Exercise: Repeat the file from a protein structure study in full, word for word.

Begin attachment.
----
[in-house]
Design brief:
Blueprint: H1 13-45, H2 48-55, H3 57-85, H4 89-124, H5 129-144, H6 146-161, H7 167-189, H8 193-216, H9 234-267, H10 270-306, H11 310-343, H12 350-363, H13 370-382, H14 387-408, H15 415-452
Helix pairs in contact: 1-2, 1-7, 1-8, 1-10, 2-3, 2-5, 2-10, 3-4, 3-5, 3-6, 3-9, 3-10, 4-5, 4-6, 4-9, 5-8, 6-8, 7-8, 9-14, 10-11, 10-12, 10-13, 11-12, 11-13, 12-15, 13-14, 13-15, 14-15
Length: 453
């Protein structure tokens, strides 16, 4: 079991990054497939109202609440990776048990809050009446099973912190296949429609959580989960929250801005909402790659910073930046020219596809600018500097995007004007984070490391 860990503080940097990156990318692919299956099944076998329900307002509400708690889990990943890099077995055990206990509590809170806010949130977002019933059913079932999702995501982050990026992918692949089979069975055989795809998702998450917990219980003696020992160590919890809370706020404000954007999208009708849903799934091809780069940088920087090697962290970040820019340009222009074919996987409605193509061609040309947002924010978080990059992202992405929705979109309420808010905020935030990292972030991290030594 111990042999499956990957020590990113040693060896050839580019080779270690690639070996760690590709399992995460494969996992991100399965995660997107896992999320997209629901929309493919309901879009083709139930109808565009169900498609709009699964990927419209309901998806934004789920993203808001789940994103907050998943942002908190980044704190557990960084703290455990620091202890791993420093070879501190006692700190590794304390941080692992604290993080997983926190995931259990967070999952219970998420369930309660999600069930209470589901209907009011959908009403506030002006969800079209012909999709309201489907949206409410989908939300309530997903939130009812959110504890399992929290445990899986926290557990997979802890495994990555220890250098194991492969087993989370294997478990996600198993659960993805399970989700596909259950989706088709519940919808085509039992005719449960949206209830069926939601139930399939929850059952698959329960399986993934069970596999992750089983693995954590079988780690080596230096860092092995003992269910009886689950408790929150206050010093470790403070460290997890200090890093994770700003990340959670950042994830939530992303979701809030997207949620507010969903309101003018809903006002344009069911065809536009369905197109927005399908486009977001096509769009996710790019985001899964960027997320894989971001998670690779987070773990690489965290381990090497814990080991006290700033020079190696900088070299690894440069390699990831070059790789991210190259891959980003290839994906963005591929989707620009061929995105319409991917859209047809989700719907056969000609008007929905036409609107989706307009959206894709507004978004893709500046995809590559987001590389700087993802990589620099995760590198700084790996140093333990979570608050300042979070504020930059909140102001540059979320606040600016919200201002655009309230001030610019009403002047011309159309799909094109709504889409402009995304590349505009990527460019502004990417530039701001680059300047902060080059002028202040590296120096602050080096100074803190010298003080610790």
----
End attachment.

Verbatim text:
[in-house]
Design brief:
Blueprint: H1 13-45, H2 48-55, H3 57-85, H4 89-124, H5 129-144, H6 146-161, H7 167-189, H8 193-216, H9 234-267, H10 270-306, H11 310-343, H12 350-363, H13 370-382, H14 387-408, H15 415-452
Helix pairs in contact: 1-2, 1-7, 1-8, 1-10, 2-3, 2-5, 2-10, 3-4, 3-5, 3-6, 3-9, 3-10, 4-5, 4-6, 4-9, 5-8, 6-8, 7-8, 9-14, 10-11, 10-12, 10-13, 11-12, 11-13, 12-15, 13-14, 13-15, 14-15
Length: 453
């Protein structure tokens, strides 16, 4: 079991990054497939109202609440990776048990809050009446099973912190296949429609959580989960929250801005909402790659910073930046020219596809600018500097995007004007984070490391 860990503080940097990156990318692919299956099944076998329900307002509400708690889990990943890099077995055990206990509590809170806010949130977002019933059913079932999702995501982050990026992918692949089979069975055989795809998702998450917990219980003696020992160590919890809370706020404000954007999208009708849903799934091809780069940088920087090697962290970040820019340009222009074919996987409605193509061609040309947002924010978080990059992202992405929705979109309420808010905020935030990292972030991290030594 111990042999499956990957020590990113040693060896050839580019080779270690690639070996760690590709399992995460494969996992991100399965995660997107896992999320997209629901929309493919309901879009083709139930109808565009169900498609709009699964990927419209309901998806934004789920993203808001789940994103907050998943942002908190980044704190557990960084703290455990620091202890791993420093070879501190006692700190590794304390941080692992604290993080997983926190995931259990967070999952219970998420369930309660999600069930209470589901209907009011959908009403506030002006969800079209012909999709309201489907949206409410989908939300309530997903939130009812959110504890399992929290445990899986926290557990997979802890495994990555220890250098194991492969087993989370294997478990996600198993659960993805399970989700596909259950989706088709519940919808085509039992005719449960949206209830069926939601139930399939929850059952698959329960399986993934069970596999992750089983693995954590079988780690080596230096860092092995003992269910009886689950408790929150206050010093470790403070460290997890200090890093994770700003990340959670950042994830939530992303979701809030997207949620507010969903309101003018809903006002344009069911065809536009369905197109927005399908486009977001096509769009996710790019985001899964960027997320894989971001998670690779987070773990690489965290381990090497814990080991006290700033020079190696900088070299690894440069390699990831070059790789991210190259891959980003290839994906963005591929989707620009061929995105319409991917859209047809989700719907056969000609008007929905036409609107989706307009959206894709507004978004893709500046995809590559987001590389700087993802990589620099995760590198700084790996140093333990979570608050300042979070504020930059909140102001540059979320606040600016919200201002655009309230001030610019009403002047011309159309799909094109709504889409402009995304590349505009990527460019502004990417530039701001680059300047902060080059002028202040590296120096602050080096100074803190010298003080610790």